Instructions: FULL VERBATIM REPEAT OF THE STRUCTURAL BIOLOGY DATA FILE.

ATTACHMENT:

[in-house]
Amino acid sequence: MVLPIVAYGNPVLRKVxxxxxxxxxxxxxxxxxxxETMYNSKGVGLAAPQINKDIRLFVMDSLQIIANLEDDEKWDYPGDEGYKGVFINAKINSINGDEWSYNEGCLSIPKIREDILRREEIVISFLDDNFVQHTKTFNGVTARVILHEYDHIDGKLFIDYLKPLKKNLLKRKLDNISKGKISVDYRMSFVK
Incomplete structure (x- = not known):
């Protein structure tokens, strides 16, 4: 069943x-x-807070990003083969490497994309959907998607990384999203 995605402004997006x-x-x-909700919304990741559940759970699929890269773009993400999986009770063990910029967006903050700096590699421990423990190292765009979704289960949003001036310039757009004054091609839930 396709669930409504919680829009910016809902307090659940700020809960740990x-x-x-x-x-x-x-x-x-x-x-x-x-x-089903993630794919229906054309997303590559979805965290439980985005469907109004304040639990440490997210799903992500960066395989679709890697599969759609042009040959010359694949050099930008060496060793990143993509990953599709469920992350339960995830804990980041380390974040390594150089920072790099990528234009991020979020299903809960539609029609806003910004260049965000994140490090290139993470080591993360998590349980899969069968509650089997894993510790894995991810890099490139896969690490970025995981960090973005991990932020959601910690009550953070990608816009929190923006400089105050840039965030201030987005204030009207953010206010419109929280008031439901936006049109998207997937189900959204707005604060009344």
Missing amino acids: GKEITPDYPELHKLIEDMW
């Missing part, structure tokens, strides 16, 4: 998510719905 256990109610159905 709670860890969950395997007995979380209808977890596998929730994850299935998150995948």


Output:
[in-house]
Amino acid sequence: MVLPIVAYGNPVLRKVxxxxxxxxxxxxxxxxxxxETMYNSKGVGLAAPQINKDIRLFVMDSLQIIANLEDDEKWDYPGDEGYKGVFINAKINSINGDEWSYNEGCLSIPKIREDILRREEIVISFLDDNFVQHTKTFNGVTARVILHEYDHIDGKLFIDYLKPLKKNLLKRKLDNISKGKISVDYRMSFVK
Incomplete structure (x- = not known):
């Protein structure tokens, strides 16, 4: 069943x-x-807070990003083969490497994309959907998607990384999203 995605402004997006x-x-x-909700919304990741559940759970699929890269773009993400999986009770063990910029967006903050700096590699421990423990190292765009979704289960949003001036310039757009004054091609839930 396709669930409504919680829009910016809902307090659940700020809960740990x-x-x-x-x-x-x-x-x-x-x-x-x-x-089903993630794919229906054309997303590559979805965290439980985005469907109004304040639990440490997210799903992500960066395989679709890697599969759609042009040959010359694949050099930008060496060793990143993509990953599709469920992350339960995830804990980041380390974040390594150089920072790099990528234009991020979020299903809960539609029609806003910004260049965000994140490090290139993470080591993360998590349980899969069968509650089997894993510790894995991810890099490139896969690490970025995981960090973005991990932020959601910690009550953070990608816009929190923006400089105050840039965030201030987005204030009207953010206010419109929280008031439901936006049109998207997937189900959204707005604060009344």
Missing amino acids: GKEITPDYPELHKLIEDMW
């Missing part, structure tokens, strides 16, 4: 998510719905 256990109610159905 709670860890969950395997007995979380209808977890596998929730994850299935998150995948």